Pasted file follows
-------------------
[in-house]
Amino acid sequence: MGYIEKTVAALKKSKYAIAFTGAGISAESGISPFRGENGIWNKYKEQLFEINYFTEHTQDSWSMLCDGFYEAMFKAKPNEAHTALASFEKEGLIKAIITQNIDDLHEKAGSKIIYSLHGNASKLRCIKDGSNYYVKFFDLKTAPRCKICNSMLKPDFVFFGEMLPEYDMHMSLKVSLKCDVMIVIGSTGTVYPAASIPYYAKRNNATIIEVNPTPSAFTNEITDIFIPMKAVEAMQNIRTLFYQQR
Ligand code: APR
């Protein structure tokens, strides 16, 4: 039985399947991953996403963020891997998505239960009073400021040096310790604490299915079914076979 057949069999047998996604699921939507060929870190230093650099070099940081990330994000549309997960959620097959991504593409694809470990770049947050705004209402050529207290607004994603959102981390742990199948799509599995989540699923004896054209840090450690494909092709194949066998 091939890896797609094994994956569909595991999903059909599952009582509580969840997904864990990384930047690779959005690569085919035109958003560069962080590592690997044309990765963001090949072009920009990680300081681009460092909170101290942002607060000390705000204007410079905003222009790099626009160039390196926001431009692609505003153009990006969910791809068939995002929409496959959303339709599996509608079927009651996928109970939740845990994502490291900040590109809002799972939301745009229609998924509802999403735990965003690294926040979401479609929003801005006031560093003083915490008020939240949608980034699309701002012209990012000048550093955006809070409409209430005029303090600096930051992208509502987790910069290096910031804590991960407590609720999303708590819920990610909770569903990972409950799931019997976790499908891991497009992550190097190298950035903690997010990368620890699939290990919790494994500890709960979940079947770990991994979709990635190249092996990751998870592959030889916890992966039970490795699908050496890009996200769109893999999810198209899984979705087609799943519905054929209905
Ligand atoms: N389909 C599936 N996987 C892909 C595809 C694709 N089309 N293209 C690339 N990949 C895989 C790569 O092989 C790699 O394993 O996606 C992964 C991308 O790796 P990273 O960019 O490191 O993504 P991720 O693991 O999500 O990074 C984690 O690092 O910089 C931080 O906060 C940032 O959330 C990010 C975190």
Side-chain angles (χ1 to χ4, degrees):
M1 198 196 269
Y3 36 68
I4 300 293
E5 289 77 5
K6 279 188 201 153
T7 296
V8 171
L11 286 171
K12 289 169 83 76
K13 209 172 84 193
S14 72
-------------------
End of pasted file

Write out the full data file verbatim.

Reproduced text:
[in-house]
Amino acid sequence: MGYIEKTVAALKKSKYAIAFTGAGISAESGISPFRGENGIWNKYKEQLFEINYFTEHTQDSWSMLCDGFYEAMFKAKPNEAHTALASFEKEGLIKAIITQNIDDLHEKAGSKIIYSLHGNASKLRCIKDGSNYYVKFFDLKTAPRCKICNSMLKPDFVFFGEMLPEYDMHMSLKVSLKCDVMIVIGSTGTVYPAASIPYYAKRNNATIIEVNPTPSAFTNEITDIFIPMKAVEAMQNIRTLFYQQR
Ligand code: APR
């Protein structure tokens, strides 16, 4: 039985399947991953996403963020891997998505239960009073400021040096310790604490299915079914076979 057949069999047998996604699921939507060929870190230093650099070099940081990330994000549309997960959620097959991504593409694809470990770049947050705004209402050529207290607004994603959102981390742990199948799509599995989540699923004896054209840090450690494909092709194949066998 091939890896797609094994994956569909595991999903059909599952009582509580969840997904864990990384930047690779959005690569085919035109958003560069962080590592690997044309990765963001090949072009920009990680300081681009460092909170101290942002607060000390705000204007410079905003222009790099626009160039390196926001431009692609505003153009990006969910791809068939995002929409496959959303339709599996509608079927009651996928109970939740845990994502490291900040590109809002799972939301745009229609998924509802999403735990965003690294926040979401479609929003801005006031560093003083915490008020939240949608980034699309701002012209990012000048550093955006809070409409209430005029303090600096930051992208509502987790910069290096910031804590991960407590609720999303708590819920990610909770569903990972409950799931019997976790499908891991497009992550190097190298950035903690997010990368620890699939290990919790494994500890709960979940079947770990991994979709990635190249092996990751998870592959030889916890992966039970490795699908050496890009996200769109893999999810198209899984979705087609799943519905054929209905
Ligand atoms: N389909 C599936 N996987 C892909 C595809 C694709 N089309 N293209 C690339 N990949 C895989 C790569 O092989 C790699 O394993 O996606 C992964 C991308 O790796 P990273 O960019 O490191 O993504 P991720 O693991 O999500 O990074 C984690 O690092 O910089 C931080 O906060 C940032 O959330 C990010 C975190």
Side-chain angles (χ1 to χ4, degrees):
M1 198 196 269
Y3 36 68
I4 300 293
E5 289 77 5
K6 279 188 201 153
T7 296
V8 171
L11 286 171
K12 289 169 83 76
K13 209 172 84 193
S14 72